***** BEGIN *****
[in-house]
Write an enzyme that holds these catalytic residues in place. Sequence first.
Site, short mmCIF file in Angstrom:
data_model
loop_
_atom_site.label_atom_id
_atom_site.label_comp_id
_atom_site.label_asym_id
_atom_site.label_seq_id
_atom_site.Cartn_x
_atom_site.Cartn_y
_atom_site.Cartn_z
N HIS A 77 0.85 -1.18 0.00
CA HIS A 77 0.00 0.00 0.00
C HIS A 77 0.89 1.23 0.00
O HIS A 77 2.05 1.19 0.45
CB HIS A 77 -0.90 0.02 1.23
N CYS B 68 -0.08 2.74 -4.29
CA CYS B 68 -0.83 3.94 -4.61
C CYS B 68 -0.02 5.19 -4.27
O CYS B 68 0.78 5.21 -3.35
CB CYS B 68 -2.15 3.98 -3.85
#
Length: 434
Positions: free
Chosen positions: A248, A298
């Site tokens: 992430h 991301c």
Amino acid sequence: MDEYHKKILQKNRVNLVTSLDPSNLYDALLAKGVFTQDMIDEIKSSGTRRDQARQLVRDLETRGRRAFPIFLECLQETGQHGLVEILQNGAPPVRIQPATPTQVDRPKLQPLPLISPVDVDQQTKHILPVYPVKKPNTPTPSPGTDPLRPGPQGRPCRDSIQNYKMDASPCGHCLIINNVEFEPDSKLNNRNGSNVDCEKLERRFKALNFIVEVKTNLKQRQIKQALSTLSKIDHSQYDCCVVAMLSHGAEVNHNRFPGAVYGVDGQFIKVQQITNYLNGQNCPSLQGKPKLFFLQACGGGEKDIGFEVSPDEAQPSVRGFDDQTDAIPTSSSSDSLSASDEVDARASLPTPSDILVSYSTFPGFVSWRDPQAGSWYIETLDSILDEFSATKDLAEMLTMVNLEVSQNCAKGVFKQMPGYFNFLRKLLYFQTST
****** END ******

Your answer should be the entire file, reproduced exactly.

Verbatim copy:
[in-house]
Write an enzyme that holds these catalytic residues in place. Sequence first.
Site, short mmCIF file in Angstrom:
data_model
loop_
_atom_site.label_atom_id
_atom_site.label_comp_id
_atom_site.label_asym_id
_atom_site.label_seq_id
_atom_site.Cartn_x
_atom_site.Cartn_y
_atom_site.Cartn_z
N HIS A 77 0.85 -1.18 0.00
CA HIS A 77 0.00 0.00 0.00
C HIS A 77 0.89 1.23 0.00
O HIS A 77 2.05 1.19 0.45
CB HIS A 77 -0.90 0.02 1.23
N CYS B 68 -0.08 2.74 -4.29
CA CYS B 68 -0.83 3.94 -4.61
C CYS B 68 -0.02 5.19 -4.27
O CYS B 68 0.78 5.21 -3.35
CB CYS B 68 -2.15 3.98 -3.85
#
Length: 434
Positions: free
Chosen positions: A248, A298
């Site tokens: 992430h 991301c």
Amino acid sequence: MDEYHKKILQKNRVNLVTSLDPSNLYDALLAKGVFTQDMIDEIKSSGTRRDQARQLVRDLETRGRRAFPIFLECLQETGQHGLVEILQNGAPPVRIQPATPTQVDRPKLQPLPLISPVDVDQQTKHILPVYPVKKPNTPTPSPGTDPLRPGPQGRPCRDSIQNYKMDASPCGHCLIINNVEFEPDSKLNNRNGSNVDCEKLERRFKALNFIVEVKTNLKQRQIKQALSTLSKIDHSQYDCCVVAMLSHGAEVNHNRFPGAVYGVDGQFIKVQQITNYLNGQNCPSLQGKPKLFFLQACGGGEKDIGFEVSPDEAQPSVRGFDDQTDAIPTSSSSDSLSASDEVDARASLPTPSDILVSYSTFPGFVSWRDPQAGSWYIETLDSILDEFSATKDLAEMLTMVNLEVSQNCAKGVFKQMPGYFNFLRKLLYFQTST